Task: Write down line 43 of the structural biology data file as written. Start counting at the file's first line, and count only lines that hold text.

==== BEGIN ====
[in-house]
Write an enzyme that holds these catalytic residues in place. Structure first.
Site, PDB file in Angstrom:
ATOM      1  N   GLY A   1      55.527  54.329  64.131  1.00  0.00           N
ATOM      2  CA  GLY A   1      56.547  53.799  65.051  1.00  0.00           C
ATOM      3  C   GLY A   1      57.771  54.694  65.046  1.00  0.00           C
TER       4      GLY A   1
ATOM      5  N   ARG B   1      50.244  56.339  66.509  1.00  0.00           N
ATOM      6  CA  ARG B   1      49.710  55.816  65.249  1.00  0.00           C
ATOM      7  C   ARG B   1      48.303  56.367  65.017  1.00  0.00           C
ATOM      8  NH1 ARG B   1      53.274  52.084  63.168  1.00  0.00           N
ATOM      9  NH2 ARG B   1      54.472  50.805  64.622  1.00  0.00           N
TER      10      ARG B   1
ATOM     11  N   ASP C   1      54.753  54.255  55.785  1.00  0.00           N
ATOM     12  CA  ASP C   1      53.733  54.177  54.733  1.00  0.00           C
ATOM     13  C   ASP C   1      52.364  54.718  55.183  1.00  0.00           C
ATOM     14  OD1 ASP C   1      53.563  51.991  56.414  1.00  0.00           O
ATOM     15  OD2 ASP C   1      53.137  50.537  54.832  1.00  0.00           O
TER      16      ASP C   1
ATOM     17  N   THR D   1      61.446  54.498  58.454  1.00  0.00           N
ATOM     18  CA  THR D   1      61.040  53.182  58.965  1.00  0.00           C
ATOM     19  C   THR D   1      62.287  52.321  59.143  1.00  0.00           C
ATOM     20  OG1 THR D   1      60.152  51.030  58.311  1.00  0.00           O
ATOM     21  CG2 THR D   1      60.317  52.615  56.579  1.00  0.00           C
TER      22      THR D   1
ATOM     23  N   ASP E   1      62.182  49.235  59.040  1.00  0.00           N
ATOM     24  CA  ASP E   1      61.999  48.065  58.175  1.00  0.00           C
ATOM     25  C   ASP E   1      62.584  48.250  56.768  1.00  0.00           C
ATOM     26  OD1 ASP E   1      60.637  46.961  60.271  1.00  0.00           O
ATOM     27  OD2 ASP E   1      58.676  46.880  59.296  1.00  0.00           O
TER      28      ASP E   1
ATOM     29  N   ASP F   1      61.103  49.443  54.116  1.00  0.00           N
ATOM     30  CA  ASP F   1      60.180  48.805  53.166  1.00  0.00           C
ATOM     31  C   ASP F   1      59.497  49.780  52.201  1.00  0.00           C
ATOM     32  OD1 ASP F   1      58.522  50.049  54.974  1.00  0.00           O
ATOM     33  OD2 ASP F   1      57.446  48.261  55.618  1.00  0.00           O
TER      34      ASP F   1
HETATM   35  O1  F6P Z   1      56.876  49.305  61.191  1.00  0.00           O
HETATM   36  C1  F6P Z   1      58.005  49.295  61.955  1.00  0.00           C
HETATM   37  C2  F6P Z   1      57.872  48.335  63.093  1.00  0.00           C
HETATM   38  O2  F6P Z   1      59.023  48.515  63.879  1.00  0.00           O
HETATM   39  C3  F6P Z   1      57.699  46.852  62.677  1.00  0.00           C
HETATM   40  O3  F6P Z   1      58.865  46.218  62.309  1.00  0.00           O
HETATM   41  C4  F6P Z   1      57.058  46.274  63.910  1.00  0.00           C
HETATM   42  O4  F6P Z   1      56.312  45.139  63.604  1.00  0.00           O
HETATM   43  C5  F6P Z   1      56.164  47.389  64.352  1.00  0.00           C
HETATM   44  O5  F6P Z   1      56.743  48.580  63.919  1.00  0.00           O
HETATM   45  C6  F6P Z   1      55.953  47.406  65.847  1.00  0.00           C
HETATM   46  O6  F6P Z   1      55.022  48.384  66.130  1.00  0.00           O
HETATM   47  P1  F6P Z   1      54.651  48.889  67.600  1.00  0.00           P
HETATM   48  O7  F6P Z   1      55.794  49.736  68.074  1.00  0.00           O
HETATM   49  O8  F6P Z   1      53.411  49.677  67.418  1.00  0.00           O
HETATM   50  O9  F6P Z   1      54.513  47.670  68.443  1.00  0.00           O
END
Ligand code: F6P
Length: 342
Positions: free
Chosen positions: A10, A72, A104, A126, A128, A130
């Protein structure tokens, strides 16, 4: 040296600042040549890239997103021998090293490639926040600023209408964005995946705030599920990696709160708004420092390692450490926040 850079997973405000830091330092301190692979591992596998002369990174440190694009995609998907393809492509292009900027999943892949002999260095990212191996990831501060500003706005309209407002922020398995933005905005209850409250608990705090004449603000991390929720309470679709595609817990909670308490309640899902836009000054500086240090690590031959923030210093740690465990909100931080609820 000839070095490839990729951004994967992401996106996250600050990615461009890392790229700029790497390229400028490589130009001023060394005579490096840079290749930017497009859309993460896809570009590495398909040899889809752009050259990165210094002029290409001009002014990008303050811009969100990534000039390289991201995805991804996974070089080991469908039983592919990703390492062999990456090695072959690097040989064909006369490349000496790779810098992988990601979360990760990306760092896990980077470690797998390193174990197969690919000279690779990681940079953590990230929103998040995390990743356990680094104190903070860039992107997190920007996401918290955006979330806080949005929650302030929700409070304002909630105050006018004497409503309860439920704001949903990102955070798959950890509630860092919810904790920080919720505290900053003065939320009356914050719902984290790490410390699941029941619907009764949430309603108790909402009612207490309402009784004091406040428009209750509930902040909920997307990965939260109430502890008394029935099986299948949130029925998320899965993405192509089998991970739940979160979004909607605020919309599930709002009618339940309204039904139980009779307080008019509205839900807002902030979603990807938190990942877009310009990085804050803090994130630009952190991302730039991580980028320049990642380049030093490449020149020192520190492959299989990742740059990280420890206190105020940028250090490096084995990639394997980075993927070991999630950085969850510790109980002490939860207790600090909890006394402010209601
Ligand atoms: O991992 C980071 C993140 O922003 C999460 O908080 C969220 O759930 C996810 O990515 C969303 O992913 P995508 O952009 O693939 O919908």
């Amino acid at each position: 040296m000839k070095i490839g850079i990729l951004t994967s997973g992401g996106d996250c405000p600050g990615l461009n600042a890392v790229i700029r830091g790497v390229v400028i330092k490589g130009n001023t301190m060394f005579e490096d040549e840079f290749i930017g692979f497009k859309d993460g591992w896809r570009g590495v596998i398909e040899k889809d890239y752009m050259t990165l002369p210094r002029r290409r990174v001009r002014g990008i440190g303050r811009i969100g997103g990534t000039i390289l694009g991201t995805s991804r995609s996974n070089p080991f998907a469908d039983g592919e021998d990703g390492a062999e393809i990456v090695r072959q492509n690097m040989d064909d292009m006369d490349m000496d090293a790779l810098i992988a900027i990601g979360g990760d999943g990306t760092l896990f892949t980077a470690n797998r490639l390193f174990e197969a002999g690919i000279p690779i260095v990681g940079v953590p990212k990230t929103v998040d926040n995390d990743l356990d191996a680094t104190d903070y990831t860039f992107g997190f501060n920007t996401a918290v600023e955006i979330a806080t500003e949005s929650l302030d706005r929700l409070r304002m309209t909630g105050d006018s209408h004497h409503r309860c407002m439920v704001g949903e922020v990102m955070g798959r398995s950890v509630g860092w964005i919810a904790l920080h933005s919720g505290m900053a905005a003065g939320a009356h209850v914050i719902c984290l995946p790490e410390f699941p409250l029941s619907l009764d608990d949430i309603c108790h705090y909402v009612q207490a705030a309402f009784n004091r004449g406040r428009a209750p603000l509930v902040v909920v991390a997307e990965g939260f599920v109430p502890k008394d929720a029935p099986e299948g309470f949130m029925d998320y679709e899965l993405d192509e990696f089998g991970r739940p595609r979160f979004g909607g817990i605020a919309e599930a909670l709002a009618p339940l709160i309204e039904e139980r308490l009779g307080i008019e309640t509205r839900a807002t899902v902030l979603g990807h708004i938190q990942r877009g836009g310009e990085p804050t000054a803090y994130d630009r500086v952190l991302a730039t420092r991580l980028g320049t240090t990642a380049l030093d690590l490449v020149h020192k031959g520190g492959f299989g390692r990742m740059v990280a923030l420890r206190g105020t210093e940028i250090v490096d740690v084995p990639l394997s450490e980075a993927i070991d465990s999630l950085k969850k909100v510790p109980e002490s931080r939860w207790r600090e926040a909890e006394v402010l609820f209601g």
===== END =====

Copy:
HETATM   40  O3  F6P Z   1      58.865  46.218  62.309  1.00  0.00           O